In honor of Black History Month, 350 Bay Area finds it essential to recognize some black visionaries who have lead and continue to lead the flight in climate activism.
- Lisa Jackson was appointed by Barack Obama as the first African American EPA Administrator. She put some of the strictest air and water pollution regulations into place. Her opponents said that she was waging a war on coal – she conducted reviews on mountaintop coal sites and limited mercury emissions from coal-fired power plants. Read about her current endeavours here: https://www.eenews.net/stories/1060104225
- Robert Bullard is known as the father of environmental justice. In 1979, he conducted a thorough study of toxic waste sites in Houston that gave a clear picture of what environmental racism looks like. He still is a huge advocate for the movement and often educates people about the links between the civil rights movement and environmentalism. Check out this recent interview he did with The Guardian: https://www.theguardian.com/commentisfree/2018/dec/20/robert-bullard-interview-environmental-justice-civil-rights-movement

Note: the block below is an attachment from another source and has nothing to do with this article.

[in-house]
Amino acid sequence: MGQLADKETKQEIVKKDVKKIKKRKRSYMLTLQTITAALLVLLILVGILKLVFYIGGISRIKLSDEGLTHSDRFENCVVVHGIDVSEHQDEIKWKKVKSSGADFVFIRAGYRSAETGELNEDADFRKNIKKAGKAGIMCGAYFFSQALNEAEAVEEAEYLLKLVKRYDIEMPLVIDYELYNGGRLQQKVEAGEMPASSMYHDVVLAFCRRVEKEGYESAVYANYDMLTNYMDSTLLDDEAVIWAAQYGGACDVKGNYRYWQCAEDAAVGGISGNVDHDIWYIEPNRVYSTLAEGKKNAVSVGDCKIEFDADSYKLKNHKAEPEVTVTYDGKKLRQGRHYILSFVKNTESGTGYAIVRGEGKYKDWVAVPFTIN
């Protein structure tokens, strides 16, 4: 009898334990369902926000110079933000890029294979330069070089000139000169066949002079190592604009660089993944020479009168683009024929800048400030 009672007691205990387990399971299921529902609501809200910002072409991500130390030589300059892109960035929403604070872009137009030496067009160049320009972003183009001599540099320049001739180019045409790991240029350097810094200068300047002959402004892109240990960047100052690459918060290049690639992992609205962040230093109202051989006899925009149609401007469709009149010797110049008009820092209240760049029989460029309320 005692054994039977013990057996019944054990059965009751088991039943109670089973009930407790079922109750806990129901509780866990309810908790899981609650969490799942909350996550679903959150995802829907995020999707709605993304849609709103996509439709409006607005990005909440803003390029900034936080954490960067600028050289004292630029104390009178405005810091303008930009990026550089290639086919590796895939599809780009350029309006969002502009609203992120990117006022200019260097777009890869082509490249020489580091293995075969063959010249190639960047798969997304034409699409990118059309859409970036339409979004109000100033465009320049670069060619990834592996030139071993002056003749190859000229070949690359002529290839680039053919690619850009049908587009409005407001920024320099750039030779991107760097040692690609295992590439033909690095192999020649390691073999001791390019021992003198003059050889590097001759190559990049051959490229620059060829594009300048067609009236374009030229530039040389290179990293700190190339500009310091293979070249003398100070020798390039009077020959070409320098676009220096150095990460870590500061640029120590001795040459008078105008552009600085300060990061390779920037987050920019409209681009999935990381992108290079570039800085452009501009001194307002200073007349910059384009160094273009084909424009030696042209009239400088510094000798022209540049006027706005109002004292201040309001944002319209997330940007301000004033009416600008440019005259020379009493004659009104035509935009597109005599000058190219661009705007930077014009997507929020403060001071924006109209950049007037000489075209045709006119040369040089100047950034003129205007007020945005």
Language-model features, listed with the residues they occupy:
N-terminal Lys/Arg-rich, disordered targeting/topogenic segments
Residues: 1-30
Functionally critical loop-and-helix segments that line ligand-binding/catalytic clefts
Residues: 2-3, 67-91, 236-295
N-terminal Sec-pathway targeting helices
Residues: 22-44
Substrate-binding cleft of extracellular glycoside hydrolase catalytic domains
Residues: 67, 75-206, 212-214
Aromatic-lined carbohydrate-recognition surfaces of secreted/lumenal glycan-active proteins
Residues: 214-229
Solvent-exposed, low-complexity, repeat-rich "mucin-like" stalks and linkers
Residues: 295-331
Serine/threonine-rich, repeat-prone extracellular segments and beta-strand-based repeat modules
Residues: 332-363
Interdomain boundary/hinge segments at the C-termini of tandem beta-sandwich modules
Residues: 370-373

- Tanya Fields is a food justice activist from the Bronx. She founded The Black Feminist Project, an organization that focuses on serving low-income women of color by giving them economic opportunities. Currently, she is working on a just transition to an inclusive green economy. Check out some of her lectures here: https://www.speakoutnow.org/speaker/fields-tanya
- Rue Mapp is a Bay Area local and founder of Outdoor Afro. She created this community because she saw the need for accessibility for black people in green spaces and outdoor activities. Mapp uses digital media to help connect black people with an interest in outdoor activities to each other and to nature. Check out Outside Afro here: http://outdoorafro.com/about/
Environmental justice is an important part of racial and economic justice. Traditional environmentalism has often excluded those most affected by environmental wrongs and further marginalizes the most vulnerable populations. By reframing the conversation about climate action to focus on environmental justice, we can build a bigger and more inclusive movement.